The event was held at the Broncos Leagues Club in Red Hill. I don’t know my way around that part of Brisbane. Thankfully Dad & I did not get lost on the way, as he dropped me off right on the dot at 9am. I must say though, I never thought I’d set foot in the Broncos Leagues Club because I’m a Blues supporter. Upon arrival, I lined up with my ticket in hand. I was very excited, yet also quite nervous because it was my first major event with other geneabloggers present, and because I knew I was going to be the youngest there. My stomach felt like it was competing in the gymnastics at the Olympics! When I got to the registration table, I saw fellow geneablogger Helen Smith. She said something like “Finally! In person at last!”

Caitie & Helen
After entering the room, I had a look at a few of the stalls. There were people from organizations including History Queensland, Genealogical Society of Queensland, Queensland Family History Society, Queensland State Archives (QSA), State Library of Queensland, Findmypast, Guild of One Name Studies and Gould Genealogy & History. I spent some time talking to Susan who as at the QSA stall. I mentioned that I had been there recently with my Mum, and Janet Prowse (Executive Director of QSA) had taken us on a behind the scenes tour. Susan knew who I was immediately and told me that she had read my article on Scotlands People!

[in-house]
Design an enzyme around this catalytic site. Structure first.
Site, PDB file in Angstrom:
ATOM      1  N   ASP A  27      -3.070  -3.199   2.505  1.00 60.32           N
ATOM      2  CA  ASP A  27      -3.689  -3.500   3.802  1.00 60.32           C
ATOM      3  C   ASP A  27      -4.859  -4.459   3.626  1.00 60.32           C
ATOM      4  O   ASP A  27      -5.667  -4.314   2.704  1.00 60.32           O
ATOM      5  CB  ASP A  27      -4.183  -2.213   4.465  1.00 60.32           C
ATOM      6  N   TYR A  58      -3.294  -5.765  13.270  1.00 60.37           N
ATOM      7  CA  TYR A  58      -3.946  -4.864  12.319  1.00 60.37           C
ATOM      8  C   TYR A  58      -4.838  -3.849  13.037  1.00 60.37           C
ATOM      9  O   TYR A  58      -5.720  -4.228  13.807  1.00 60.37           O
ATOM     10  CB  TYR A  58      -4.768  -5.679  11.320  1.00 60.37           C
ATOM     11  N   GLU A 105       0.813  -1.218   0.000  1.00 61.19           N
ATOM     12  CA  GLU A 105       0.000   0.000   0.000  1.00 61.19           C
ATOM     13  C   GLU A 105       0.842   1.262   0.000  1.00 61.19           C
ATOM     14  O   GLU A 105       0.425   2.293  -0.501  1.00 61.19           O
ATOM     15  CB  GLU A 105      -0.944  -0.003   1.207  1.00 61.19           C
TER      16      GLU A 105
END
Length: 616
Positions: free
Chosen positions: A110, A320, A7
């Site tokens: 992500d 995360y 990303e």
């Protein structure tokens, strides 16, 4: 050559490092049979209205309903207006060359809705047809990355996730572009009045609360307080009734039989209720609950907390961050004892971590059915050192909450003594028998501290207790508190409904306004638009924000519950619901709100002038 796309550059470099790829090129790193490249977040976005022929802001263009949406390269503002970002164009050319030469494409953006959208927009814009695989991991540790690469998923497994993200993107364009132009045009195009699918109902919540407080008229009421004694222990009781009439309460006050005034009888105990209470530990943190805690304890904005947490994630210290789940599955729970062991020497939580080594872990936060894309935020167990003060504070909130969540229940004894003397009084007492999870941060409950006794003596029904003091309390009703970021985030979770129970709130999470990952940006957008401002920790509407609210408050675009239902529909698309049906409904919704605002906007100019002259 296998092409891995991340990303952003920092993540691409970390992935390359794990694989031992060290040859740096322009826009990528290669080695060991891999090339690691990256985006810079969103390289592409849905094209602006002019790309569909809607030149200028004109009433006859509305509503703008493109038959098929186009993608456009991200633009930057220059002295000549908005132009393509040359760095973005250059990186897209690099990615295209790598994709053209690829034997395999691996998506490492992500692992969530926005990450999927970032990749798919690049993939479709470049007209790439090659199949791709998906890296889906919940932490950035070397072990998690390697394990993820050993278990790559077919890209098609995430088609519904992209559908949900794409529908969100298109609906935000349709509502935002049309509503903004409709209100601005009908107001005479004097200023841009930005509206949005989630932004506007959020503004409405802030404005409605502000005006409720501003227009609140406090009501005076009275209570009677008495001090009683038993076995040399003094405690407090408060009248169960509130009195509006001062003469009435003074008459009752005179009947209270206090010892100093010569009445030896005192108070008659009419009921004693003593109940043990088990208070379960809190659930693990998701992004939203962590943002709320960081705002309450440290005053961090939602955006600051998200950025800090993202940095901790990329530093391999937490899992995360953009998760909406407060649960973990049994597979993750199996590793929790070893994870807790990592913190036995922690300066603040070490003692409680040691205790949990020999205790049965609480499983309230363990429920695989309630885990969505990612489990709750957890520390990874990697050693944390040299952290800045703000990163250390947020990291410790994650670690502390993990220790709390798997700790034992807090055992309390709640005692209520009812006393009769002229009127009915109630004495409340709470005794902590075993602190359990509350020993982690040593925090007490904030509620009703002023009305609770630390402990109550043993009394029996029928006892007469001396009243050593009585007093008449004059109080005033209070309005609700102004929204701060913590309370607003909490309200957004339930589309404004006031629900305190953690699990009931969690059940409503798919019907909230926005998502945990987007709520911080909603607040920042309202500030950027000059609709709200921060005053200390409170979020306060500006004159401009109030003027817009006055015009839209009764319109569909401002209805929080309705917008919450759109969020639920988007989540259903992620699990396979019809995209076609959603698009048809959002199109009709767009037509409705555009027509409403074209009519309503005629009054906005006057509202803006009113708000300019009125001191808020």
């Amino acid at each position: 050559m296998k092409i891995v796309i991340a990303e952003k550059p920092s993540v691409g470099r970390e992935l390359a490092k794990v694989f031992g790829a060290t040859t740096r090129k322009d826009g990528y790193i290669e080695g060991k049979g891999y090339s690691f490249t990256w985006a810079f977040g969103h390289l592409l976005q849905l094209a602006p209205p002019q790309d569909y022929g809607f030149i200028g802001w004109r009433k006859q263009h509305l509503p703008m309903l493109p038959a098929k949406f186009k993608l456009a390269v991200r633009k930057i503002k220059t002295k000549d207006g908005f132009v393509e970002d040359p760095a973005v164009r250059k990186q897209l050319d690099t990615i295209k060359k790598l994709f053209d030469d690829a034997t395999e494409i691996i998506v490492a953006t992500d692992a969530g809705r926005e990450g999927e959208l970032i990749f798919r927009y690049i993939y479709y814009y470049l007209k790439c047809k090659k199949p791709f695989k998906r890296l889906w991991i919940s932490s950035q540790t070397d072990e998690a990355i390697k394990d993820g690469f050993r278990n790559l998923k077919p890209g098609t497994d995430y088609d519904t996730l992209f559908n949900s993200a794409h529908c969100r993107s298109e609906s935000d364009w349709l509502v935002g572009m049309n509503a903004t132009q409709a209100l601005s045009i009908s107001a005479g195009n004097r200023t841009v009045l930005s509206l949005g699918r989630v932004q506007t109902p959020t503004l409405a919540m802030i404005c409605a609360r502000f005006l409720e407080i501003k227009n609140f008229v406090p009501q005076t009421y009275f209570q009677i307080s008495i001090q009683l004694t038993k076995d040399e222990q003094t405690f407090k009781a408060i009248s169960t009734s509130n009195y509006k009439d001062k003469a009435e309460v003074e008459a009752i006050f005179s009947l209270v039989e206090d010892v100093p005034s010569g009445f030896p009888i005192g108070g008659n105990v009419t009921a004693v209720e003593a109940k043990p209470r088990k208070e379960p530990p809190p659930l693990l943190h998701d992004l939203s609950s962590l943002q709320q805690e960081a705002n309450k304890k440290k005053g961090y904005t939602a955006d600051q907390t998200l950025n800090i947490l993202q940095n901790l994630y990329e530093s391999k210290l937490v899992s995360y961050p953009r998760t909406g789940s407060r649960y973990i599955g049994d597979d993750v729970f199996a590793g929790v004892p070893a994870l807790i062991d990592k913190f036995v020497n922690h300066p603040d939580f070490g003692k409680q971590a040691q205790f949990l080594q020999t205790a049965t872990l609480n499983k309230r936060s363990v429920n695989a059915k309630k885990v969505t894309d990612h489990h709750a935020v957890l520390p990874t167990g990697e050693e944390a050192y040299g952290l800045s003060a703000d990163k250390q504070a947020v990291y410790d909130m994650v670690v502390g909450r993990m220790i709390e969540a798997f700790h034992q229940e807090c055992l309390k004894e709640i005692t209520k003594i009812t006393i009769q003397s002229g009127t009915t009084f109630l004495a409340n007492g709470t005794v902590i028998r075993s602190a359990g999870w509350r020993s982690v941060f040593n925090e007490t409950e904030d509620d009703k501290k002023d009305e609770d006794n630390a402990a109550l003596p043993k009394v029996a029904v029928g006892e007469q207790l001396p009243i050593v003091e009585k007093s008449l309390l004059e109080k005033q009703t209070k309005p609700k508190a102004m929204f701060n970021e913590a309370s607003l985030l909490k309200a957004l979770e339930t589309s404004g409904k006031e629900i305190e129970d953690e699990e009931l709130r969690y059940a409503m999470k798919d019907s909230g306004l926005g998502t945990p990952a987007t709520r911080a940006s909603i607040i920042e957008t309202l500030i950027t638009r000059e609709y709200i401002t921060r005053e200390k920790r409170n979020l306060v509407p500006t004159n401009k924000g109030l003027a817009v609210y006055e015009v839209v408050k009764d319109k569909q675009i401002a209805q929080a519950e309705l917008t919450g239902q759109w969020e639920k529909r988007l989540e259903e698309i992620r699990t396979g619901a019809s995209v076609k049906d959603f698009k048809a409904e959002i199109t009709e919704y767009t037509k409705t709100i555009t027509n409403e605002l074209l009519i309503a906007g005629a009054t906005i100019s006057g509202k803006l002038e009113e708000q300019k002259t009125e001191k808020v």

A few minutes later I was approached by another fellow geneablogger, Alex Daw. I didn’t know she was attending so it was a pleasant surprise to meet her. While I was chatting with Alex, another lady Michelle approached me and told me that she loves what I’m doing and really enjoyed my video on the Queensland State Archives. We also had a good chat for a few minutes. It was getting close to 10am when Thomas MacEntee’s first talk was due to begin so I found myself a seat. I was just checking the usual social media when the man Thomas MacEntee himself (the genius behind Geneabloggers and HackGenealogy), came up to me and asked if I was Caitlin. All I remember from the conversation is that he told me he had some things for me. Not even 5 minutes later, I heard an accent behind me. I turned around – Chris Paton was sitting right behind me! And guess what? He too asked if I was Caitlin! I’m still blown away by the fact that with Thomas and Chris I didn’t need to introduce myself. They both recognized me, and knew who I was.